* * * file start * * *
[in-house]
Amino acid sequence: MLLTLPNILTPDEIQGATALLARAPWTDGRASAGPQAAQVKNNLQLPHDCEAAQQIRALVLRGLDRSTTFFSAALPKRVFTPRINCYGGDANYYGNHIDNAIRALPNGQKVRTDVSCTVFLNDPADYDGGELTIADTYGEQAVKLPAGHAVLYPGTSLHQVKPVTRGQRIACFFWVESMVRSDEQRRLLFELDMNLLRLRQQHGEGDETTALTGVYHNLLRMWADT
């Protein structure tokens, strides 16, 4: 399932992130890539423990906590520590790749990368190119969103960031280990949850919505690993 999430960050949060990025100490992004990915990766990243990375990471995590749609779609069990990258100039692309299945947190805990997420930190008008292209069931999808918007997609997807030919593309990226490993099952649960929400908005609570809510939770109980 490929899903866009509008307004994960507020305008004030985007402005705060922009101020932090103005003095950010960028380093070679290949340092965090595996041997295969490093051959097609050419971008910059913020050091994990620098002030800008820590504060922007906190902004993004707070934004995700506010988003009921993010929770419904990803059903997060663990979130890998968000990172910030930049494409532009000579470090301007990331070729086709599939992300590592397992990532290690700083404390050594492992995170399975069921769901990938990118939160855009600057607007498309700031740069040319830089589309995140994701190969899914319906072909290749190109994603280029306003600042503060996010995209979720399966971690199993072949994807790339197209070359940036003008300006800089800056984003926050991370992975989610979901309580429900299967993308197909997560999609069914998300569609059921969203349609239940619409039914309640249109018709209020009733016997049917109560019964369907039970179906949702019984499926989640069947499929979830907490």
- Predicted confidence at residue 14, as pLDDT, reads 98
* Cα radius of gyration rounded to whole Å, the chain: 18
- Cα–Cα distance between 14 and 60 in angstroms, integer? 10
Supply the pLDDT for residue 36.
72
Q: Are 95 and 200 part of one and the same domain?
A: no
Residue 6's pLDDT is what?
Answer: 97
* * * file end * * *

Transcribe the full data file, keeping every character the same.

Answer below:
[in-house]
Amino acid sequence: MLLTLPNILTPDEIQGATALLARAPWTDGRASAGPQAAQVKNNLQLPHDCEAAQQIRALVLRGLDRSTTFFSAALPKRVFTPRINCYGGDANYYGNHIDNAIRALPNGQKVRTDVSCTVFLNDPADYDGGELTIADTYGEQAVKLPAGHAVLYPGTSLHQVKPVTRGQRIACFFWVESMVRSDEQRRLLFELDMNLLRLRQQHGEGDETTALTGVYHNLLRMWADT
């Protein structure tokens, strides 16, 4: 399932992130890539423990906590520590790749990368190119969103960031280990949850919505690993 999430960050949060990025100490992004990915990766990243990375990471995590749609779609069990990258100039692309299945947190805990997420930190008008292209069931999808918007997609997807030919593309990226490993099952649960929400908005609570809510939770109980 490929899903866009509008307004994960507020305008004030985007402005705060922009101020932090103005003095950010960028380093070679290949340092965090595996041997295969490093051959097609050419971008910059913020050091994990620098002030800008820590504060922007906190902004993004707070934004995700506010988003009921993010929770419904990803059903997060663990979130890998968000990172910030930049494409532009000579470090301007990331070729086709599939992300590592397992990532290690700083404390050594492992995170399975069921769901990938990118939160855009600057607007498309700031740069040319830089589309995140994701190969899914319906072909290749190109994603280029306003600042503060996010995209979720399966971690199993072949994807790339197209070359940036003008300006800089800056984003926050991370992975989610979901309580429900299967993308197909997560999609069914998300569609059921969203349609239940619409039914309640249109018709209020009733016997049917109560019964369907039970179906949702019984499926989640069947499929979830907490």
- Predicted confidence at residue 14, as pLDDT, reads 98
* Cα radius of gyration rounded to whole Å, the chain: 18
- Cα–Cα distance between 14 and 60 in angstroms, integer? 10
Supply the pLDDT for residue 36.
72
Q: Are 95 and 200 part of one and the same domain?
A: no
Residue 6's pLDDT is what?
Answer: 97